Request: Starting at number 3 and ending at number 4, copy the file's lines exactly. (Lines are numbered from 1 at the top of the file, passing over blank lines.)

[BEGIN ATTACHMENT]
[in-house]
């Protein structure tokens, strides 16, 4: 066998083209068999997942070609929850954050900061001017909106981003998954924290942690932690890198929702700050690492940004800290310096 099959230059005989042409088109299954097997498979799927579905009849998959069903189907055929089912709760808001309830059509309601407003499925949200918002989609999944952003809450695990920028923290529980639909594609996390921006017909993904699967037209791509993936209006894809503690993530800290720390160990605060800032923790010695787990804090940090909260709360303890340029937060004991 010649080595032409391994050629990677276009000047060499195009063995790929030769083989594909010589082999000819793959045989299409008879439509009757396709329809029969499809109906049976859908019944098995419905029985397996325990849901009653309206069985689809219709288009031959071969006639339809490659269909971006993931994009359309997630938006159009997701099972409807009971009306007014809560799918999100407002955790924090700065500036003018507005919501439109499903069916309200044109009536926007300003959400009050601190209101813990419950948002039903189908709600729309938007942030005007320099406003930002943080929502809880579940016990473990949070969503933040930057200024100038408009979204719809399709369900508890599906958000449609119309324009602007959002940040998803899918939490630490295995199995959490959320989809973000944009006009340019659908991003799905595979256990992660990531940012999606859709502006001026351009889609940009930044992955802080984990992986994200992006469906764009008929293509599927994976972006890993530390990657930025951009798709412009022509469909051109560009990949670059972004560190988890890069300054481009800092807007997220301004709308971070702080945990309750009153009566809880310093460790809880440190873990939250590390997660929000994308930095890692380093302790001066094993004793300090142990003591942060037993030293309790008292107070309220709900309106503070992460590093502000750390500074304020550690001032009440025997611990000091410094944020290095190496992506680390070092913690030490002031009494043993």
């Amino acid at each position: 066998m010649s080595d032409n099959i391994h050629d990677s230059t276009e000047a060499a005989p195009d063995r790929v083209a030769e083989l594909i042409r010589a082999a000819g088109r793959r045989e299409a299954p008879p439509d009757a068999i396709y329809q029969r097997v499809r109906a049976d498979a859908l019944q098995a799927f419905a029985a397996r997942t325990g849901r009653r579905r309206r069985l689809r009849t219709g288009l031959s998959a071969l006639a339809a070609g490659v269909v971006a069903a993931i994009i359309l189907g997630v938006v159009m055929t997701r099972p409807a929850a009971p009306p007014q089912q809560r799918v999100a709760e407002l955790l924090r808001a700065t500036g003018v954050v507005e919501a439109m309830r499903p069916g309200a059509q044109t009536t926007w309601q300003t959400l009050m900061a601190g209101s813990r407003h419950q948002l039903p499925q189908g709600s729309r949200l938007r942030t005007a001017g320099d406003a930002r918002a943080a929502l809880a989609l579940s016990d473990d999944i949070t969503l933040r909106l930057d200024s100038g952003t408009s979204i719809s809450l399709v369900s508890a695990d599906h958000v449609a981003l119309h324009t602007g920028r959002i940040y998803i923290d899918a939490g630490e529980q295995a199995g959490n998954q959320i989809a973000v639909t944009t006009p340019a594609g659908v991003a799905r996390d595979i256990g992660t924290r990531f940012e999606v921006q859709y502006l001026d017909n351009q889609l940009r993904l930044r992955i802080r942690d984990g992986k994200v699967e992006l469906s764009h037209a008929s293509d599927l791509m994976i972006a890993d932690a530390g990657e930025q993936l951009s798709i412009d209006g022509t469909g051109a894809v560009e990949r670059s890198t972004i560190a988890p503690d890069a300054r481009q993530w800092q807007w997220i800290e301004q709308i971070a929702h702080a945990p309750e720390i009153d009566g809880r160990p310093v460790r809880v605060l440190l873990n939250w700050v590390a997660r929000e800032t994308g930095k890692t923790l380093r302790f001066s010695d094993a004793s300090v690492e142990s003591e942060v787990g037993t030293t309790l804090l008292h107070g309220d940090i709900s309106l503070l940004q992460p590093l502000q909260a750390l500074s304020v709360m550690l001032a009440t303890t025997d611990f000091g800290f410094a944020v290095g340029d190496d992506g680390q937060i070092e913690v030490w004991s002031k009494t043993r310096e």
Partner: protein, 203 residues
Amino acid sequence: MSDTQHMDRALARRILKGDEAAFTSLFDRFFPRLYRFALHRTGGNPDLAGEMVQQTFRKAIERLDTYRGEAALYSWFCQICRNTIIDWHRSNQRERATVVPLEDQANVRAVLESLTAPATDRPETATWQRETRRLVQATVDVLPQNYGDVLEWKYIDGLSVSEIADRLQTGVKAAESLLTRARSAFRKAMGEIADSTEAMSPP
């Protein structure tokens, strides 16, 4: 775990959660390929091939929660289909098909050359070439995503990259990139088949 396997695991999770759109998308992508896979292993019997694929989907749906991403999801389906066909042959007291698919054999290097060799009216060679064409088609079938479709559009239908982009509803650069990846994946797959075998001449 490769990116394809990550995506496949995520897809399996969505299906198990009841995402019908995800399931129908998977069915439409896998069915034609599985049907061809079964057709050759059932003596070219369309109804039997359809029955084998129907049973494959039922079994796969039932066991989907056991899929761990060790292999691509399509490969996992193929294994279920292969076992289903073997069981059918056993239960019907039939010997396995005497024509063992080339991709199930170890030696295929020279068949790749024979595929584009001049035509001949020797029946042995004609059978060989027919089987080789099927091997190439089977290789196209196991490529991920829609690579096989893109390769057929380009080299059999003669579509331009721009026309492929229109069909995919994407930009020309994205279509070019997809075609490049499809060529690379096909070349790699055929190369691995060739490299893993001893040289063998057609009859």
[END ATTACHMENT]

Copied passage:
């Amino acid at each position: 066998m010649s080595d032409n099959i391994h050629d990677s230059t276009e000047a060499a005989p195009d063995r790929v083209a030769e083989l594909i042409r010589a082999a000819g088109r793959r045989e299409a299954p008879p439509d009757a068999i396709y329809q029969r097997v499809r109906a049976d498979a859908l019944q098995a799927f419905a029985a397996r997942t325990g849901r009653r579905r309206r069985l689809r009849t219709g288009l031959s998959a071969l006639a339809a070609g490659v269909v971006a069903a993931i994009i359309l189907g997630v938006v159009m055929t997701r099972p409807a929850a009971p009306p007014q089912q809560r799918v999100a709760e407002l955790l924090r808001a700065t500036g003018v954050v507005e919501a439109m309830r499903p069916g309200a059509q044109t009536t926007w309601q300003t959400l009050m900061a601190g209101s813990r407003h419950q948002l039903p499925q189908g709600s729309r949200l938007r942030t005007a001017g320099d406003a930002r918002a943080a929502l809880a989609l579940s016990d473990d999944i949070t969503l933040r909106l930057d200024s100038g952003t408009s979204i719809s809450l399709v369900s508890a695990d599906h958000v449609a981003l119309h324009t602007g920028r959002i940040y998803i923290d899918a939490g630490e529980q295995a199995g959490n998954q959320i989809a973000v639909t944009t006009p340019a594609g659908v991003a799905r996390d595979i256990g992660t924290r990531f940012e999606v921006q859709y502006l001026d017909n351009q889609l940009r993904l930044r992955i802080r942690d984990g992986k994200v699967e992006l469906s764009h037209a008929s293509d599927l791509m994976i972006a890993d932690a530390g990657e930025q993936l951009s798709i412009d209006g022509t469909g051109a894809v560009e990949r670059s890198t972004i560190a988890p503690d890069a300054r481009q993530w800092q807007w997220i800290e301004q709308i971070a929702h702080a945990p309750e720390i009153d009566g809880r160990p310093v460790r809880v605060l440190l873990n939250w700050v590390a997660r929000e800032t994308g930095k890692t923790l380093r302790f001066s010695d094993a004793s300090v690492e142990s003591e942060v787990g037993t030293t309790l804090l008292h107070g309220d940090i709900s309106l503070l940004q992460p590093l502000q909260a750390l500074s304020v709360m550690l001032a009440t303890t025997d611990f000091g800290f410094a944020v290095g340029d190496d992506g680390q937060i070092e913690v030490w004991s002031k009494t043993r310096e």
Partner: protein, 203 residues